• Take some of the new oil and coat the gasket of the new filter with it. This insures the new gasket will slip into place properly.
  • Install the new filter. In filters that sit straight up and down, I usually fill with new oil. Tighten the filter firmly, spin it hand tight and then another ¼ turn by hand. Do not tighten it with the oil filter wrench. All you'll do is distort the gasket and cause a leak.
  • On top of the engine locate the oil fill cap. It will usually say "Oil" or "Oil Fill" on it. Most of the time it's on top of a valve cover. Unscrew it and pour in the proper amount and type of oil recommended for your vehicle. Look in your owners' manual for the proper type of oil and the location of the oil fill if it's not obvious.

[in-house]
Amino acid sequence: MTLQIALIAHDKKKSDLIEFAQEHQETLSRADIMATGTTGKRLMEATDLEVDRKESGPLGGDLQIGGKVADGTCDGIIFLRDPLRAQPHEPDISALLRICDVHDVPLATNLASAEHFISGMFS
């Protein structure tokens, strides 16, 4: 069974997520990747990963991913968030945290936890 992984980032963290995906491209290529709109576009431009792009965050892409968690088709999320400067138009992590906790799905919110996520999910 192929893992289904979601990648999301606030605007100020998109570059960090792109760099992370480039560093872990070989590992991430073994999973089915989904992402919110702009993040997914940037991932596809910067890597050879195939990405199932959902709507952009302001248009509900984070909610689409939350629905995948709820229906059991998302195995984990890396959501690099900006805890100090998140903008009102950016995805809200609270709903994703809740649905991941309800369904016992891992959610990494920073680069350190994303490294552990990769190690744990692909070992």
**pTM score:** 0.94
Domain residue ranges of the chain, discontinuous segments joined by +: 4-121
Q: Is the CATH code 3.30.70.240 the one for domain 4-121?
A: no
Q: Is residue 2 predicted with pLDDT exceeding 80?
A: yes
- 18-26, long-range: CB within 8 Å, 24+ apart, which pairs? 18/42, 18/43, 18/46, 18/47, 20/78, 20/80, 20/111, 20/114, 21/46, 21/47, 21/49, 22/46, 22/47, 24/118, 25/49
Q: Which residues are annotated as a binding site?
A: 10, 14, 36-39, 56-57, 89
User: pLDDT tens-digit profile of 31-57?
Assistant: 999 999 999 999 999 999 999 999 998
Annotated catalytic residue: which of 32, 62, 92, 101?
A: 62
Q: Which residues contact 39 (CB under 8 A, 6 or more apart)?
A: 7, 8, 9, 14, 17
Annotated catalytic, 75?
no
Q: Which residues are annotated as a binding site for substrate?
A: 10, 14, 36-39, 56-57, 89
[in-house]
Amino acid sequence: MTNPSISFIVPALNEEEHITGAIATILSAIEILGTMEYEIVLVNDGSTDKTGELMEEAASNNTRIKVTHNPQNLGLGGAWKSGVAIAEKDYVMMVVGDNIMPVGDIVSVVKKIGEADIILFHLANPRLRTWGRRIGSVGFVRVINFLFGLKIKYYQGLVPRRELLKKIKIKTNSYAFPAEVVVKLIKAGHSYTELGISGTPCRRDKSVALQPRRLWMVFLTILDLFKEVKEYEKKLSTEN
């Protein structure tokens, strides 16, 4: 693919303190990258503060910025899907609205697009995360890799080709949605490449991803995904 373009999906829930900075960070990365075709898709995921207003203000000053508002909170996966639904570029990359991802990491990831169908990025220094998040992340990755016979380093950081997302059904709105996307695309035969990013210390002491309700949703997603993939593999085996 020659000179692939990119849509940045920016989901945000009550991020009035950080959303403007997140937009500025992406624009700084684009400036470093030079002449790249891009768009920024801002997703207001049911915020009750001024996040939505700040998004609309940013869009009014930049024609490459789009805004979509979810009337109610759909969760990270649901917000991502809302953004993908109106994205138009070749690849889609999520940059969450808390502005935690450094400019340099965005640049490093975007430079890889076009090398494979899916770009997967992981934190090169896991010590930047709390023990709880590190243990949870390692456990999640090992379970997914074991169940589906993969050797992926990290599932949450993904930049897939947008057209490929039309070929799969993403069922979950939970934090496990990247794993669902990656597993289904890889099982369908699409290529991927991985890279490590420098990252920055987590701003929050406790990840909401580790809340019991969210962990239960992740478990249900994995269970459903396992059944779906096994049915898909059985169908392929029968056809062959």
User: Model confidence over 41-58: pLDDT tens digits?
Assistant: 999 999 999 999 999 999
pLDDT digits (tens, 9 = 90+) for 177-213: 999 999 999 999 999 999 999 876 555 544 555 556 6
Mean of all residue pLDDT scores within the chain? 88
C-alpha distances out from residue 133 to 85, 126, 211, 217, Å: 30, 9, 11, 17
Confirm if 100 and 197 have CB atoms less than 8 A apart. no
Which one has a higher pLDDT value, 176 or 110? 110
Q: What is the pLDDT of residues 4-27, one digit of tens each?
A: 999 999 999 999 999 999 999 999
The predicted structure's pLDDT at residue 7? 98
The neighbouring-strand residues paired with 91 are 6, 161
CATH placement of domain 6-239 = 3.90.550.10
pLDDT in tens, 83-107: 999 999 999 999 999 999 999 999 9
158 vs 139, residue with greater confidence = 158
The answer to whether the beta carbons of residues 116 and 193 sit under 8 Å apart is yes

• After you have the oil in, replace the oil fill cap and wipe up some of the oil you might have spilled.
  • Start the engine and with the engine running, carefully check around the filter and the drain plug area for any leaks. A leak will appear as some seepage at the oil filter connection or on the filter. If there is a leak, tighten up the oil filter a little more. If no leaks are found, shut off the engine and jack the car down. Once the car is on level ground again, recheck the oil and make sure it is at the full mark. Do not over fill the oil, that will cause engine damage.

Now that you're all done, pour the oil out of the pan, and using the funnel, transfer it to the empty milk containers or the oil bottles you just emptied. Take the used motor oil to local service or repair shop where, by law, they are required to take it in and have it recycled.

While you're waiting for the oil to drain is a good time to nose around under the car and make sure everything is in good shape.

And that's it, you're done. Top off the windshield washer fluid and you just saved your self $30.00 or $40.00.

Additional Information provided courtesy of
ALLDATAdiy.com and Warranty Direct
© 2000-2007 Vincent T. Ciulla